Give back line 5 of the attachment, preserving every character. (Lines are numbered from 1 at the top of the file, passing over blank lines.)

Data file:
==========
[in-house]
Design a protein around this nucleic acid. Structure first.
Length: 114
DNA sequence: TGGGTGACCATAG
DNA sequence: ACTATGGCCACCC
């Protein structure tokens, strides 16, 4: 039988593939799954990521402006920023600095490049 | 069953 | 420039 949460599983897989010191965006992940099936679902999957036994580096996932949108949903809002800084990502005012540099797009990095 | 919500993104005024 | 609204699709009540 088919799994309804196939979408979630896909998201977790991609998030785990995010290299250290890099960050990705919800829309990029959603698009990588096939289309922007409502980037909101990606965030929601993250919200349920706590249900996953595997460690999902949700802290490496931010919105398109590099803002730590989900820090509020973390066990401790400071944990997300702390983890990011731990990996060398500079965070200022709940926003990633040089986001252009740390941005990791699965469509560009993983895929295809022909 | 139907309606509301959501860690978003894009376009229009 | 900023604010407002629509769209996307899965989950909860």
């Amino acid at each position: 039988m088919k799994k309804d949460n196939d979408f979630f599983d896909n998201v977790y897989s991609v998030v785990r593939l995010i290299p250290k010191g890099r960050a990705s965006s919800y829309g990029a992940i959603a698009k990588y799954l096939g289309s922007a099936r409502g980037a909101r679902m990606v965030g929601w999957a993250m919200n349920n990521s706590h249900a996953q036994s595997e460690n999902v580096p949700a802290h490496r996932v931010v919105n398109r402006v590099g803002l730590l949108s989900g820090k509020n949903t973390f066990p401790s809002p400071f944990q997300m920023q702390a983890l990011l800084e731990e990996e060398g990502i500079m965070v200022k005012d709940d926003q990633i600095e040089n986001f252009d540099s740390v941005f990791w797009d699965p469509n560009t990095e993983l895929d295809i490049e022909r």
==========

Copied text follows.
DNA sequence: ACTATGGCCACCC